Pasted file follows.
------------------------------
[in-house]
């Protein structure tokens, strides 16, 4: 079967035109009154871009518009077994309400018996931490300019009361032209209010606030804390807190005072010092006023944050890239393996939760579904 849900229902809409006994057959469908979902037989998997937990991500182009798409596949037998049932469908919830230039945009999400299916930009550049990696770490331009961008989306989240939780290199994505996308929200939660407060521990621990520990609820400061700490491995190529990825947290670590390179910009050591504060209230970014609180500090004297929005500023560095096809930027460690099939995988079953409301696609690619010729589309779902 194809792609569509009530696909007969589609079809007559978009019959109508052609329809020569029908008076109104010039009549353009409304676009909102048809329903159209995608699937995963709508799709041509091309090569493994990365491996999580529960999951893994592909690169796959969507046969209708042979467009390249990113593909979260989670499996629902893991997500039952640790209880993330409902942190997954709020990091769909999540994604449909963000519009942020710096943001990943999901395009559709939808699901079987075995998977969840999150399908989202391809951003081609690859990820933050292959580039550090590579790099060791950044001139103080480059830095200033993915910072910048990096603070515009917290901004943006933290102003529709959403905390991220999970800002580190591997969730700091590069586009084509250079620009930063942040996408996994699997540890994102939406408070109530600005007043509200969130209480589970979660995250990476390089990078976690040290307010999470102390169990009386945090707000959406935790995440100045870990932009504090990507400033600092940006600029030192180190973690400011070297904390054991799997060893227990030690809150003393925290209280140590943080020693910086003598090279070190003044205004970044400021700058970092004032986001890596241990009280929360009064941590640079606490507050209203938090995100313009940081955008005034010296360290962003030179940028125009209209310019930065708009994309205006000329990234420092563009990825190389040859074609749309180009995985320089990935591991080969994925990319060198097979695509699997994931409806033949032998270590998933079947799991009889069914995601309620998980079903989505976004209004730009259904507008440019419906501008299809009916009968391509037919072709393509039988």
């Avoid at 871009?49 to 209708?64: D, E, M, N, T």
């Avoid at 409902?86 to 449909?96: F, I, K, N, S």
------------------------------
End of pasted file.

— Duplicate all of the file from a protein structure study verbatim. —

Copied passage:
[in-house]
């Protein structure tokens, strides 16, 4: 079967035109009154871009518009077994309400018996931490300019009361032209209010606030804390807190005072010092006023944050890239393996939760579904 849900229902809409006994057959469908979902037989998997937990991500182009798409596949037998049932469908919830230039945009999400299916930009550049990696770490331009961008989306989240939780290199994505996308929200939660407060521990621990520990609820400061700490491995190529990825947290670590390179910009050591504060209230970014609180500090004297929005500023560095096809930027460690099939995988079953409301696609690619010729589309779902 194809792609569509009530696909007969589609079809007559978009019959109508052609329809020569029908008076109104010039009549353009409304676009909102048809329903159209995608699937995963709508799709041509091309090569493994990365491996999580529960999951893994592909690169796959969507046969209708042979467009390249990113593909979260989670499996629902893991997500039952640790209880993330409902942190997954709020990091769909999540994604449909963000519009942020710096943001990943999901395009559709939808699901079987075995998977969840999150399908989202391809951003081609690859990820933050292959580039550090590579790099060791950044001139103080480059830095200033993915910072910048990096603070515009917290901004943006933290102003529709959403905390991220999970800002580190591997969730700091590069586009084509250079620009930063942040996408996994699997540890994102939406408070109530600005007043509200969130209480589970979660995250990476390089990078976690040290307010999470102390169990009386945090707000959406935790995440100045870990932009504090990507400033600092940006600029030192180190973690400011070297904390054991799997060893227990030690809150003393925290209280140590943080020693910086003598090279070190003044205004970044400021700058970092004032986001890596241990009280929360009064941590640079606490507050209203938090995100313009940081955008005034010296360290962003030179940028125009209209310019930065708009994309205006000329990234420092563009990825190389040859074609749309180009995985320089990935591991080969994925990319060198097979695509699997994931409806033949032998270590998933079947799991009889069914995601309620998980079903989505976004209004730009259904507008440019419906501008299809009916009968391509037919072709393509039988």
């Avoid at 871009?49 to 209708?64: D, E, M, N, T």
């Avoid at 409902?86 to 449909?96: F, I, K, N, S």